Under a purple Madrid sky and on a carpet of horse-chestnut leaves, cigarette ends and broken beer bottles, six people are dancing their way through the second wave of the pandemic.
For all its grace and vigour, the Cuban rueda de casino that they dance is not quite what it once was. The thin light from a lamp in a park south of the city centre reveals masks covering smiling mouths and gelled hands clasping not other hands – but the opposite ends of two plastic pipes.
The 1.2-metre lengths of plastic pipe are not the only changes since Covid forced members of the Salsa Tabacalera group to dance outdoors and limit numbers to three couples. In a strikingly rare madrileño concession to the ears of those nearby, the group dances in apparent silence, listening to the songs of Los Jubilados de Cuba through earphones and a radio loop.
The modifications were the brainchild of Salsa Tabacalera’s teacher, Juan Margallo. When the pandemic hit, Margallo, a 52-year-old lighting technician and musician, looked for ways to keep moving.
“Dancing is a real passion for me and it’s something I just need to do,” he says.
“But then the pandemic came along and threatened to do away with all that. So I had the idea of the sticks. With the sticks, the masks, and dancing in the open air, the risk is almost nil.”
Margallo, a mix of musicologist, drill sergeant and Spanish MacGyver, has also found the pipes have yielded some unexpected benefits for his students.
“The thing is, the sticks actually help with the dancing, and they’ve become a bit of a teaching tool for me,” he says.
“People tend to bring their habits to their dancing – we’ve all got them – but they can get in the way of progress because they can make us too rigid or make us kick about too much. You may not notice it, but your partner will. When you have the stick, you’re more aware of all that and far more conscious of what you’re doing. It’s making a bit of a virtue of necessity.”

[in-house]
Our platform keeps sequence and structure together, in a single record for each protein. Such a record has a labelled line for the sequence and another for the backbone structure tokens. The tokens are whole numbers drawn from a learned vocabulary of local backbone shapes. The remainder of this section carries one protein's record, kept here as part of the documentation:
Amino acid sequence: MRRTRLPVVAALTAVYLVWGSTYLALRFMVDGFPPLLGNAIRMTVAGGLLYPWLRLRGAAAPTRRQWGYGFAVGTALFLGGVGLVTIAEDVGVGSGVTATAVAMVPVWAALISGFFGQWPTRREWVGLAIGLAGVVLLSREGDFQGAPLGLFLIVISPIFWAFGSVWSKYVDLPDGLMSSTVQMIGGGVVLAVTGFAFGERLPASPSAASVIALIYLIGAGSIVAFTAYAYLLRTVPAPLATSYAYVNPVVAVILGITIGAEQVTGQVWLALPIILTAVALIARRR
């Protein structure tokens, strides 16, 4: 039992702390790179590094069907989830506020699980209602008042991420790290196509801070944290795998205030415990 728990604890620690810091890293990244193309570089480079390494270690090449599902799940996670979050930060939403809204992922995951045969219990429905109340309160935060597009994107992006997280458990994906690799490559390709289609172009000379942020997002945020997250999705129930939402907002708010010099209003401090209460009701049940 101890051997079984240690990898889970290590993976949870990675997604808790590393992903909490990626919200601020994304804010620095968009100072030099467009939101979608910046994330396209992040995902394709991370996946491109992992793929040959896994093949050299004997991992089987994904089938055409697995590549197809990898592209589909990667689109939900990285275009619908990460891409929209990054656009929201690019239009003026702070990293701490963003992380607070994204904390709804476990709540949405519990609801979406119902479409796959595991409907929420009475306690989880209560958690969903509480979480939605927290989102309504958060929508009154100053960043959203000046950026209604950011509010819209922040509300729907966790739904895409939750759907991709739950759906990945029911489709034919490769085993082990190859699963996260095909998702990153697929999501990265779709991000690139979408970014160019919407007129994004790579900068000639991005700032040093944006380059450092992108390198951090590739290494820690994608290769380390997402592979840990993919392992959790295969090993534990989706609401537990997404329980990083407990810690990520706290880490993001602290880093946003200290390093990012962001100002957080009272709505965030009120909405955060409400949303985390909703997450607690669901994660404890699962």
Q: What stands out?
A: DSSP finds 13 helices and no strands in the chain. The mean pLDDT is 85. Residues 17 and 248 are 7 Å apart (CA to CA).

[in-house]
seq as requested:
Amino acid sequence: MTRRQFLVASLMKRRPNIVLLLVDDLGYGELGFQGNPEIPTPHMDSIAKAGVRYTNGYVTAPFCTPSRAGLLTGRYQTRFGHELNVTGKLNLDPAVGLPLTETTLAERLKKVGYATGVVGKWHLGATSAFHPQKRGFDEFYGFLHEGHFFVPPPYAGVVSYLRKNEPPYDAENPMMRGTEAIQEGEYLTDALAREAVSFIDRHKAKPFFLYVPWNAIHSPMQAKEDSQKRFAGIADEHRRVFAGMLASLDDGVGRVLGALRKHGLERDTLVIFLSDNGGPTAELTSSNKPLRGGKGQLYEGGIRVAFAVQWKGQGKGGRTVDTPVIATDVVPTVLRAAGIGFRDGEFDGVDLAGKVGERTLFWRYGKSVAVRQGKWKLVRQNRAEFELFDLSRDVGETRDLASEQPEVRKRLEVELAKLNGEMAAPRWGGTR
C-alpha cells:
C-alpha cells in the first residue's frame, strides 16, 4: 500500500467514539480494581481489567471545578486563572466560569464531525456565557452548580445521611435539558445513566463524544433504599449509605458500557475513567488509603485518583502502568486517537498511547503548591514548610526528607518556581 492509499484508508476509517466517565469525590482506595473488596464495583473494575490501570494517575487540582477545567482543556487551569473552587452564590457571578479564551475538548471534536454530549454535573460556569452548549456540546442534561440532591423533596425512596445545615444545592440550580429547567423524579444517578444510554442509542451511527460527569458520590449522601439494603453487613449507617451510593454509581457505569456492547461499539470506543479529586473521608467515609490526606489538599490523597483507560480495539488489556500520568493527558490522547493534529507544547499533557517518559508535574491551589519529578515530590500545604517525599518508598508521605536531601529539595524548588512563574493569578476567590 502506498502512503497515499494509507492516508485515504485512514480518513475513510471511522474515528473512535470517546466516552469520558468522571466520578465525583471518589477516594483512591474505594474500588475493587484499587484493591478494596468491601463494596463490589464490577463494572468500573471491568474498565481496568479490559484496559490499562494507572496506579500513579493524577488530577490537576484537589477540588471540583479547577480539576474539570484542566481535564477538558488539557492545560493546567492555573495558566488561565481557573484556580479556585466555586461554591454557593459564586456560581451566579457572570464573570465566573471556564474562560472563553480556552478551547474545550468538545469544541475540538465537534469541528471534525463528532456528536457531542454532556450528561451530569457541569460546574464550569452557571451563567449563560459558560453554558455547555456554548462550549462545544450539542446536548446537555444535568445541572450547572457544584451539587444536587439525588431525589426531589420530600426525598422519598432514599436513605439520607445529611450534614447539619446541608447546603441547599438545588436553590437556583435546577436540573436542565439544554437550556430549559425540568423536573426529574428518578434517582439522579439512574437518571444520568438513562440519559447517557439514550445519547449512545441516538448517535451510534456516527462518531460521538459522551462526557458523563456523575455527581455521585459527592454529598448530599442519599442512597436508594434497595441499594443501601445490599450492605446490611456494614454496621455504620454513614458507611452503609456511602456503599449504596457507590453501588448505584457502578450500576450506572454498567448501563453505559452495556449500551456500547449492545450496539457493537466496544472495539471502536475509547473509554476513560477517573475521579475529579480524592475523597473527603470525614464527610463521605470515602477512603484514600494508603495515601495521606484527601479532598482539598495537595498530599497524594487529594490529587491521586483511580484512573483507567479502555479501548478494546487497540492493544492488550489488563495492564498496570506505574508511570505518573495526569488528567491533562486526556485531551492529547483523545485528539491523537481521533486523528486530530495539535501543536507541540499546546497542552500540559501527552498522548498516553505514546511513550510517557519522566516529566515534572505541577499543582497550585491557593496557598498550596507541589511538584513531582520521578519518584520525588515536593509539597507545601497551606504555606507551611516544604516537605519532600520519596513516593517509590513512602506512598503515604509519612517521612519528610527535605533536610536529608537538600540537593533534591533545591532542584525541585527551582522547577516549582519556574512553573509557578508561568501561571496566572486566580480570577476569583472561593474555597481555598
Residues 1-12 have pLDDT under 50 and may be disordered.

If the group’s moves lack some of their former intimacy, they want for little when it comes to verve or enthusiasm.
“I love the energy we transfer between ourselves and I love dancing in sync,” says Marta Fernández, a 40-year-old hospital worker.
“Juan – Mr Inventor – is always looking for a way to allow us to carry on dancing. Now it’s with stick, masks and gel. It’s not the same, but at least it’s viable.”
For Claret Martínez, the pipes and the odd looks have already ceased to be awkward.
“The sticks allow us to come together again and carry on dancing,” says the 30-year-old teacher.
“People do look quite confused or shocked when they see us but others take an interest and want to join in. But we don’t pay too much attention because we’re dancing.”
Aside from the occasional curious dog walker, their plumbing-enhanced gyrations attract little attention in the Jardín del Rastro. Despite the odd quizzical glance, the dark huddles of young people are more intent on cracking beers and launching lungfuls of marijuana smoke into the cold night air than in venturing over for a closer look.
Like the teenagers, tonight’s dancers – who come from Spain, Peru, Colombia and the US – are savouring the moment.
“Dancing takes you out of yourself,” says Samuel Villa, a 40-year-old IT worker. “It helps you forget about your situation. It’s a way to escape and to enjoy life.”
For 27-year-old Ada Chang, these al fresco dances are one of the few constants in difficult times. “Dancing helps bring us together,” says the flight attendant. “Life without this would be boring and sad. It just wouldn’t be the same.”
Margallo, who has been beguiled by Cuba and its music since seeing Buena Vista Social Club and others play live in Madrid in the 1990s, describes the dancing as a small but necessary an act of resistance.
“We tend to be a bit gloomy but we haven’t suffered as much as others have,” he says.
“Life always finds a way, even during wars, and not giving in to sadness is a human obligation.”